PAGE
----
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The Woodville Republican
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December 29, 1923     The Woodville Republican
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December 29, 1923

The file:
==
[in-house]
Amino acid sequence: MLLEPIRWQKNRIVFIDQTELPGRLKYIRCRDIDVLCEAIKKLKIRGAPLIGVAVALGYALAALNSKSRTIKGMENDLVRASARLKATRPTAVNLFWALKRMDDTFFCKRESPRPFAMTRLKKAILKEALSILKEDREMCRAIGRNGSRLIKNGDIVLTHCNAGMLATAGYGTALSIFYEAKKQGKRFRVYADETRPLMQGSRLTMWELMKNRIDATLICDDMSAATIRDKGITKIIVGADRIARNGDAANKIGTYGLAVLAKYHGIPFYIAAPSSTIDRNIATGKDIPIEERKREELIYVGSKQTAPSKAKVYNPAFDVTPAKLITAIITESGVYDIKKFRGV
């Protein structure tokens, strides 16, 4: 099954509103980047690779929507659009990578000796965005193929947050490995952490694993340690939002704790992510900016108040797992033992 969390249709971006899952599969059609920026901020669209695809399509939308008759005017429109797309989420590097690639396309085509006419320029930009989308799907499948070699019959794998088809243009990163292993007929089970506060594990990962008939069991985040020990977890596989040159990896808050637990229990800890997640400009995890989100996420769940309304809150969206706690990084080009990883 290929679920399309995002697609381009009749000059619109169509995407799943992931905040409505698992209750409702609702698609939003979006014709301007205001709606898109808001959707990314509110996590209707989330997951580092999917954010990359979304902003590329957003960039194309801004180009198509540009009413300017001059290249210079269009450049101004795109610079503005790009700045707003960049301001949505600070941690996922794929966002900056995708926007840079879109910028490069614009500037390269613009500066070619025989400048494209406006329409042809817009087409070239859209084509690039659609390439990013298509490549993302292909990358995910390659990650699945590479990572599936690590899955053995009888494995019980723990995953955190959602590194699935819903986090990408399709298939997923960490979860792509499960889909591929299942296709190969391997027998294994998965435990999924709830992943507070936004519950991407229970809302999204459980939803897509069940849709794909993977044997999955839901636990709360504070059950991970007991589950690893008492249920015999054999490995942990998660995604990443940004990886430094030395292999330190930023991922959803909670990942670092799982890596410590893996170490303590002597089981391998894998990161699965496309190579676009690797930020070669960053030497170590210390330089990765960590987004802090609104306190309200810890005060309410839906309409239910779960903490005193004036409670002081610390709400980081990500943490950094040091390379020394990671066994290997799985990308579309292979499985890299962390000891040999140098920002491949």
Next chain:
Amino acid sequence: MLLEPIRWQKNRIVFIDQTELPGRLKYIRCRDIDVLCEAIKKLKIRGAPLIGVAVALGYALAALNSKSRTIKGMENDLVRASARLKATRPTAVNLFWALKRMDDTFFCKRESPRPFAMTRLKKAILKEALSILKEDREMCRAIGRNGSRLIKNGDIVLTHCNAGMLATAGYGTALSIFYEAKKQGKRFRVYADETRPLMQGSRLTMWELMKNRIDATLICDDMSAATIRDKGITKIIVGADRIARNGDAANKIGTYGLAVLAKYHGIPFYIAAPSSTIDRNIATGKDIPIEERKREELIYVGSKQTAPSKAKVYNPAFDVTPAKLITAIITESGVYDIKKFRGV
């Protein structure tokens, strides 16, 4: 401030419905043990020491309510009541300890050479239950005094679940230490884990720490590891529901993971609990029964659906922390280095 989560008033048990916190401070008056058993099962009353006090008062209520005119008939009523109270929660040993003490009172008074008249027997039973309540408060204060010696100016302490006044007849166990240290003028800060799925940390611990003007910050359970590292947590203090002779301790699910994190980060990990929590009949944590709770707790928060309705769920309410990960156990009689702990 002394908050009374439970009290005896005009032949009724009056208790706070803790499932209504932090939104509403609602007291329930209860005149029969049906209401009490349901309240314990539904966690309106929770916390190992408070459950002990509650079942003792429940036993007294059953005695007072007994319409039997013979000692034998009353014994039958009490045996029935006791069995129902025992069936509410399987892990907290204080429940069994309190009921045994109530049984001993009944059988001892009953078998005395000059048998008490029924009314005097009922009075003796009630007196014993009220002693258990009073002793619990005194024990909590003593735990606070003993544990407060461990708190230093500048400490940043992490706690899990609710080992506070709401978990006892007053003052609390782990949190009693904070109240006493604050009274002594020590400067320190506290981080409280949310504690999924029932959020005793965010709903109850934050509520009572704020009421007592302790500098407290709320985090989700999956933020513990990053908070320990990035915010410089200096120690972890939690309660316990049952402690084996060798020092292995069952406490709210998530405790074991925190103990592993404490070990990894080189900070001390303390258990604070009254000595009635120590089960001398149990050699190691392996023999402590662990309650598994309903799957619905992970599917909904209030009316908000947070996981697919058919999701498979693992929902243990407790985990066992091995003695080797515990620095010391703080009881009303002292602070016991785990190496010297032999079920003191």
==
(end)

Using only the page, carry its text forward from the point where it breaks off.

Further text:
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t,,c.reeezr.yh'uheW ),/era 00ECRE:TA00Y WORK APPOINTj ,SPECIAL ADVlJOR3 TO MAKE mcLuIR00 By JOHN DICKINSON SHERMAN ECttETARY OF THE INTERIOR ItU- BERT WORK is reorganizing tile bu- reau of reclamation and all the West is watching the process. And there is plepty to watch, for there are 28 reclamation projects in 14 states, rep- resenting an investment by the fed. oral government of $181,000.000. Con- siderably over a million acres of Ir- rigated lands are cropped each year =rod the products are vahled at $50,'000,000 or more. Ot the. project lands are about 500,000 people, ex- of the cities and villages. The Influence of is of course wide-reaching; whole- purchases of manufactured products by the people on the Yuma project (Arizona-California), :or example, totaled $5,411,000 in 1921. So the Isperity of many people is bound up with the l'osperlty of each project lmator Ashurst of Arizona, in a debate in the ]bSt congress, said this: .&t the outset let it he remembered that the full of national Irrigation cannot be mess- for it has an intangible value not in tonnage tables nor transporta- t re*tea. In building new commonwealths in the lands af the 'est the government is utlllz- eloped resources and creating opportuni- citizens. One of the primary purposes law was to create homes, and has been richly fulfilled Viewed from wtandpolnt alone national reclamation has" Justified all for which It's LdvomLtes hoped. be true. Nevertheless, this reclama- is business proposition. Uncle Sam work and is It now looks if it would be some time before he breaks even. bars of congress have been preparing to make demands for repayments in this congress. Secre- tary Work is quoted as saying, "The service was t m= he rocks and couldn t have lasted five years longer." /Ie is also quoted as fpeaklng of himself =s the "receive of the reclamation service." A1- the twenty years of governmeoL.:hma, do not seem to have beefi unqllfled sue- ( 'ortunately th:e is an official statement which Rives a fair JCa of conditions. It was made by Wrk to the Special Advisors' committee by him last fall to make an exhaustive trite tim financial and physical features of and into governmental policies and personnel of this committee is dls- now at work on the in- of the United States " *n "flea SeFvi secretary of the in- z, lo ,,, former president of the of City, Oscar F. he American Eiwood Mead, noted authority on reclatnarion Berkeley, Cal. Mr. Campbell was and Dr. committee ins secr attention wu particularly direct to 4 tions relating to the recl anlation projects constructed or being con- Brueted by the department In the western states amtamong which Ihave lived for, thirty.five year ,rhroggh complaints from organizations of wa- r rsers, Indtvidue2 water users, repos o agents, specters, official records of the delrtment and nearly all of the projects h ,condition that some radlcal reforms mast be had if they were to be loss of their homes, of the money advanced by the gor- ier their construction and maintenance to be secured. "The complaints and criticisms cover a variety i' f points too numerous to be described here, but lnehtded charges that in many of the projects the l estimates under which settlers were In- to go upon the projects were from 50 to 100 and that the actual cost has been that it Is impossible for the farmers to pay Within the time and manner fixed by law. or even at all; that mistakes, engineering and oth- ervAse, had been made whtcll added materially to tlte cost of eonktruct.ed projects; that' others had been undertaken that should never have been start- J.R. rflield 7:'.. Campbell c//,,,,, ice I have been unable to get figures that appear to be dependable as to the cost of Individual proj- ects or the total money expended on all projects. "It is represented, take from the records of the = "'Unur tar .,.;- ganization the direct- or of recbmation has been abolished. A commtssh)ner of reclamation has been appointed (D. W. Davis) and the bu- reaa organized in line wlth the other 14 bu- reaus of the Depart- ment of Interior. "In the Washing- ton office we will now have the law dlvi- sion, the auditing division, the chief clerk's office, the bu- reau engineer and the four field inspectors. "In the Denver of- flee the duties will be engineering, hav- ing to do with the construction we rk relative to bringing water to the differ. ent projects. At that point the field commissioner (Can- non), an agricultur- Ist. will assume charge of the project management, except for the work tha may be required of technical engineers, who will work from the office of the chief engineer. "The engineering division will send Its reports on the con- struction work to the Wash!ngton office and  the field com- missioner will for- ward his reports an the operation and maintenance of the projects to the same place. "F. E. weymouth (chief engineer at Denver branch) will act as engineer and Miles Can- non Is the field commissioner. They will act under David W. Davis, the commissioner of the bureau. who will have charge of the administration of the WOMAN TO STAND TRIAL ETER DODBIHG CgURT "Through Diversified Farming the Do More for Himself--" Society Leader of Long Island, Who is Habitual Speeder, Pays $25 Fine. Patchogue, L. I The law won Its second victory over Mrs. Marion B. Shaw, s'iety matron of Sonthamp- ton, when :;no paid a fine of $25 here, after pleading guilty to the charge of speeding. The police of Islip are trying to serve a summons on her for a shnilar charge and sbe will come before Judge Neville at Center Mo- riches to answer to another speed regulation violation. Mrs. Shaw's attorney, former Judge Joim It. Vunk, had ai)peared for her recently, entered a plea of not guilty, and demanded a jury trial. But he told Justice Johnson that his client was worn oUt by publicity and de- cided_to settle the matter by pleading guilty to the charge. A secondary charge of disorderly conduct had also been preferred against her by Patrolman Fred Preston, who said  that when he stopped her she called him a "silly ass, .... damned fool" and "ldck cop." " Nothing was done about this charge, as Mrs. Shaw appeared in court and said she and Fred "'have made up." Tim patrolman said "she's a bird," and let it go at that. Mrs. Shaw did not surrender with- out a fight. After she had been stopped she ignored the summons, and Patrol- man Preston had to trail her to her home at 7 West Fifty-fifth street, New York. She has now decided to tand trial at Center Moriches after Ignoring coui'ts for nearly a month. her attorney obtaining stays aud con- thmances. Her leaeue standing now resembles the following : Case won, 0; Iot, 2; eases to go, 2: failure to appear in court. 8: ap- pearances in court, 1; percentage, .003. Puts Baby to Sleep by Gluing Eyelids Shut Kansas City.--A ne "sleeping po- tl0n" was discoveed by Isabelle Peter son, three years old. Isabelle proved its efficacy in a try- out on her baby brother, Don, ten months old. Isabellet along about Den's bedtime, found a l)ottle *_ glue. The oozy stuff, she noted, =tde it hard for her to spread apart her fingers. In his crib Don kicked and cooed, staring wide-eyed at the ceiling. Isabella decided Den's eyes ought to be closed tightly in sleep. She spread some of the sticky stuff on his eyelids. They shut and stayed shut, but his lit- tle mouth opened wide and from it came infantile bellows of protest. At Genera$ hospital, hot water and delicately handled* scissors proved el- burea.u, that the govermnent's total investment to reclamation work and the organization. Mr. Wey-, fective antidotes. : June 30, 1923, in round numbers is $181,000,000, and mouth and Mr. Cannon have gone over this plan t They are the children of Mr. and Its total receipts about $16,000,000, leaving a ba-" with me and are thoroughly in accord with R. ] Mr iavlea J. Paterson, 403 Landis ante invested and unpaid of $t85,000,000. 'Mr Weymouth shall have cha$'  =lr     ...... :-- .... "The reclamation service, for which this depart- .neey.tu -  ....... --" ,,bffd .u  reconnaissance, investiga- meat ls responsible, apparently requires reef zeal- -" zation. Annual reports on some prole-lhdlcate their insolvency and pen din failure[ Out of the 28 projects only el)VAns met its obligations as they fell.,4}E. 'sng extensions of time for payments he are being urged individually and by projects. The o/'lginal 20-year period for payment Is expir- ing on certain projects and an additional 20-year extension is being asked. In one instance such ex- tension is to be preceded by a five-year moratorium. "Reclamation of arid lands by Irrigation from government funds as heretofore practiced is failing on a majority of projects as a business procedure and must be promptly readjusted as to methods ef reimbursement of funds appropriated and for the purpose of securing to the settler a permanent home. "Your committee Is requested to survey the whole subject in its entirety ; give to the bureau your opinions concerning our operating methods that we may avoid errors, and finally your recom- mendatlons which congress may study and which should ultimateiy preserve the Sanctlty of con- tract, secure to formers afety for their Invest- ments already made and nsure a return- 0f invest- ed funds." Secretary Work'S first move was to accept the resignation of A. P. Dav:s as director of the rec- lamatlon and to abolish l he office. "' He then ap- pointed David W. Davis ,.ommlssloner of the bu- reau of reclamation, a: Miles Cannon, former eommsloner of agricult :'e of idaho, field recla- mation commissioner, L: :e last fall he announced that the two principal b,:adquarters of the reels- marion service would be "n Washington and Den- ver, the latter city being : central polntas to the various reclamation prL acts. The reclamation service will hencefoRh be divided Into two prac- tically separate departments. One will care for the construction of the projects ; the other will care for the operathm nd maimenance after construe- tion. Secretary Work's announcement o reorgan!za- tlon was made to a special cmmlttee of the Dqa-. ver Civic and Commercial association with when ' he had been in conference. He sald In part , .... "The dropping of 25 emph)yees in Washington will mean a saving of $20,000 a year, as the sal- aries of these employees armunte.to approxlmalo- ly $10,000 a year, and the expenses incidental to their employment totaled about the same amount. "There are about 75 employees of the bureau in Denver and some 5,000 employees engaged in the work of construction, operation and malnten, mce on the different proJe:.ts. No decision wild be reached in regard to these employees until 1 have had an opportunity to go over the situation thor- oughly. "Formt rly the reclamation service was under the director of reclamation (A. P. Davis}, who was an engineer with nffices In Washingron. The branch office in Denver was for the administrative work in the field Each project was supervised by a manager who attended to the operation of the project and who was the connecting lhlk between the gnvernment and the farmer. Thls project man- ager 0td the collecting, glpervlsed the operation of the ditches and endeavored to get settlers for the land. tlons, designs, construction and such other work as may be assigned. He will have two assistant chief engineers with whom to consult and who will substitute for him In his absence. "As field commissioner, Mr. Cannon will haw charge of the operation of the reclamation dis- tricts such as the delivery of water, land. crop production, handling and marketing, improvement of farm conditions, industrial betterment, collec- tion of water and other charges, and the settle- ment of lands.'" Chairman Campbell of the Advisors' committee, after preliminary lnvesrigatloa, says that a prac- tical moratorium will have to be granted b) ' the government on a number of reclamation projects to prevent disastrous failure for the present ten- ants. "In my opinion," said Mr. Campbell, lt will be necessary for the government to 'reconstruct' the fiscal policy of its reclamation service and grant auew Start to a number of projects, probably one: third of them." The Western States Reclamation associnri(m re- cently met at Salt Lake, dected R. E. Shepherd president In place of D. W. Davis, resigned. The annual report of Seeretar Frank E. Brown said In part: "Those of us whe are Inclined pessimistically to view the seeming Inability of settlers on govern- ment irrigation proJe'ts tO tany their Just obliga- tions because of the wide spread between the cost of living and prod m:tio, and the price of farm products, have taken the view that a situa- tion dangerous to expansion ha developed through the necessity of the appoiotnfent by the secretary of tim interior of a fact-finding eommtssion (Spe- cial Advisors' committee), the report of which, they believe, may blast the hopes for the future. "'But the truth is. If we will review the situation calmly, we will agree that the fact-finding commis- sion is really the first great effort the government has ever made to looks'Into the development of these projects which a.O personal enriching. This fat;t-finding comtsslon, with a personnel which brings confidence, us not to be led on by the vagaries ot guesswork; tt will not be swayed tlie narrowness of unsound economic argument, nor will it be turned in its findings by those en- thusiasts among us in the West. "There have, however, been counter-currents. The farmers of the United States. ,particularly west of the Mississippi river, have been hard hit. Many of them and some of their representatives In congress are of the opinion that there ls already too much cvltlvated land tn the United States. "This association cannot depart from Its first announced position of a Iroad and comprehensiVe reclamation plan" The principal eclamatlon projects axe as fol- lows:  Salt River. Arizona; Yuma. Arizona-Cal- Ifornia; Grand Valley and Uncompahgre, Colo- rado; Boise and Minidok Idaho'; Milk River and Sun River, Montana; Lower YellowstoDe, Mon- W tans-North Dakota; North Platte, Nebraska; Ne - lands, Nevada ; Rio Grande, New MexJco-Texas; Umatllta, .Oregn ; Klamath, Oregon-California : Delle 1.'ourche, South Dal:ota; Strawberry Valley, .Utah; Yakima. Washington; Shoshone. Wyoming. .... SUNKEN " RIVERS IN FLORIDA junction and runs underg,ound in a 00ropped into l, lle stream where It first winding way for possibly 12 miles, rls- sinks is seen *.o rise and pass through -- " .I. -= ing about three miles north of where lthe various si0ks t: the l.oint 12 mile One tream R s$ in Beautlful and whose courses you may trace the WacisSa comes into I. from below t below, in the :ase f the Aucflla river, Springs" Near Thmak City and from soil substances and after a time the eal=th ; the St Marks, the thlrdxest If ! :lmreThe itabovefinal,YnformationCOmes to istleauthorltaSUrface' Then Disappea gain. they as mysteriously rea!:pear, the sunken rivers, is a few miles ".  - " "  , "  roe rivers are the Wacissa, of tle Other two whicb after going tive and Is given out l aceordtmce The west coast of Fb'i(la feels that es in .Beautiful Springs" near underground rises again, a short dis- with an article written by the State a's "natural Commismoner of Agrbulture, W A the very fetv deetlons  City, and disappears within lance away, making Florid " : boas throe freak riv .,r, then bridge." MeRae. the s.ime uder , the Aucilla, Courses of the rivers are traced by sink holes and it Is said by investiga- The animals of the greatest 8o- tors that this. Is an easy matter to elabillty a. the animals of the hlgl. By ALEXANDER LEGGE, President International HIS is an age of specialition in almo call upon the farmer to do practically the opposite The answer is simple. 0nly by diversified the average farm be made to produce something adding to the farmer's wealth, the farmer's returns, all The one-crop farmeras, for example, the man m territory who raises wheat alone---is not productively : land is also idle for a oonsiderable part of the year. And , fixed charges against his farm keep on piling up. There is for taxes, interest, insurance, or any of the fixed charges of i are working all the time. :, I1 How long do you suppose any kind of business could i lions like those of one-crop farming, running only part o ; There is plenty of risk in farming at the besL Every polled to gamble against the weather, against various destroying pests, and against fluctuations of market Diversified farming is the best insurance I know of ] the Insurance of the feed lot, the dai barn, the hog pen, and the garden. If you want to know how the facts fit with these credit man who deals with customers in any agricultural the banker who does business with both kinds of farmers. ":: Expcrwnce has clearly proved that in any locality have gone in for live stock, dai,mg, poultry raising, forms of diversified farufing, they need little credit standpoint. The credit alan or the banker will tell exactly the reverse is true in a community that is farming, of wheat, or cotton, or corn. or any other single As far as I can read the signs of the future, I seeno the fixed charges for fa.-zning are going to be materially since the farnler cannot expect much, if any, uction charges, his hope of bettermen must lie in improvement of For this improvemen he may derive some help from marketing and from other economic measures that farmers can. play by pulling together. But, for the most part, the rest of us, must find his own cure for his own troubles. I firmly believe that through diversified farming, and individually applied, the farmer will do much more anybody will ever do for him. "Chicago Is Rather Obese; a VoluptuoUs l With a Bad Breatb" By NELLIE bIARGARET SCANkN, in New York X-Ray Reveals Darning Needle in Woman's Arm Dov0r, O.An X-ray in a local sn.rgery reveitted a darning needle, two and a half Inches long, embedded in the muscles of rim right forearm of Miss Vera Neff, 271 Walnut streL Its presence there could not be accounted for by Miss Neff or Dr. D. Downey, the surgeon who removed it piecemeal. Ten years ago, when she helped with t.]ae laundry work at her home, Mis Neff said she often washed garments from which needles and pins had not beeu removed. She has no teeollection, however, of their piercing her hand. Her mother, Mrs. Ida Neff, said she must have swallowed the needle when a babF, al- though she doe not recall tlmt she did. l]ruiae" From Typewriter Causes Eduoatods Death Chicago is rather obese; a voluptuous beauty with a Of the medley of sounds in Chicago the one that ing of brakes on Michigan boulevard. If Chicago had as God as it has in brakes, heaven would be overcrowded. The wheat pit is in Chicago. The wheat pit greatly at times. Lately they have had to brace the girders and constantly watch the levels. Chicago says wheat fluctuations that threw the building off its base, of earth. But you ask Kansas! One man actually told me that Chicago was quoted figures to prove it. But he was a dull wit. a fact ? The general attitude is: "Well, what do you Not that we" care a dn what you think; we're Chica is a sausage city, made r file ground fine. Fat and muscle, flh and blood, have gone Some are floating in rich gravy; others are fried in off. extreme Chicagos, but in between is a lot that is just Chicago wants to be a world port. It pibably wants to be a thing, it doesn't hesitate to try. I if some day fashions, change and it is more desirable ta a South Sea island. Then Chicago will lay a pipe lie ocean and build itself a coral reef. Trouble With College Athletics: Athletics and Too Few By W/LTER CAMP, in World's Work. ' The trouble with college athletics is that and too few athletes. Hundreds of thousands of the product is a few score athletes trained to the unnumbered thousands of college students are hand glory in the skill of "our team," and for the their own failure to secure a share in th6 general After all, it is t the amount of money taken in Pittsburgh.A bruise suffered while  how that money is expended that counts. We operating a typewriter caused the death of Prof. James Boden Smith of Californ[ secretary and treasurer of the Callrnia State Normal school ac- cording to Use eport at the coronet:a ,office. Professor'lth who was ev- enty years old. died in the West Penn- sylvania hospital, this city. Girl to Wed Sweetheart Made an Invalid by War Mattapoitt, Conn.Although  the war has made him a helpless invalid. Miss Ethel Carroll Raymond, wlll wed William Jphn Grant, her lover of glri- hood. days. Giant has procurel a four-day leave of absence for the cere- nlony, and will then return to the sanitarium for f. der tre;ttulenL 'o chance is held L,r his mplete re- covery. i Employee Shc.'s Loot ' From Ha:.d of Robber : $ Groton. S. D.--'rlwee bandits : # held np three e;do3ees in the First National b:mk here and # t stole a Sack containing $4,r) in # currency and Liberty I)on:i :rod an Undetermined amount of lo-se a currency and coins nn the corm- ter. After a running fire they # escaped, but not umll the sck containing $3J}00 of the Iooi had been shot out of the hand of one of the men as he made f." le motorcar waiting beside tim hullding. Man Convicted by Toss of Coin. Jackson, 3Vss.--[oger Sims. con- x'Icted of murder by a jury which toss.ed a coin to detrn]ine the verdict, has be(q1 Drtloned by Go,-era,u" Rus- sell. Sims lms been :t liberty ,m a aSCension of senten}'e nd has never been in the penilentiary. GIrD Strangled to Death in .Henhouse, theraee, Ia.--Overtarmng a nest bgx in a poultry house.o "that the ge of the box re.ted o ier throat, , two years old, in the erectiou of huge bowls, and stadiums, but meantime these structures yield the necessary funds the major but the minor spo, and to defray upkeep. The great problem to be attacked is of these receipts and the almost universal tendency much of the outlay upon a too limited few, as well lack of careful scrutiny to make these sums go tangible results of benefit to all the men in the "Among Us Are people of Fundamental By JUSTICE FLOYD E. THOMPSON, Illinois Among us there are people, ignorant o, principles, who seek to force their private vi people and to push their program through to the , which constitute the very fabric of the American erants preach that the individual has no rights save confers on him and that the majority may do it pleases. To them I reply whenever a centralized citizen, is made the source and repository of all of the United States is scrapped. However invasion of rights and privileges which are which are enjoyed by the grace of God. The line of proper restraint is and always can be said generally that when the rlght of a citizen can co-exist with the freedom of action of'ever. indfvidual liberty is invaded. ._.--- Arthur Ponsonby, British Parlia tice has yet to come. It will be the war stale traditions of discredited peoplea. It will be a war against bad conditions, and ignorance. The real enemy is established the spirit of tyranny, greed, ia the unfair distribution of wealth, the tion of riches. . Mrs. Alice Foote" MaaDougMl, stars are a the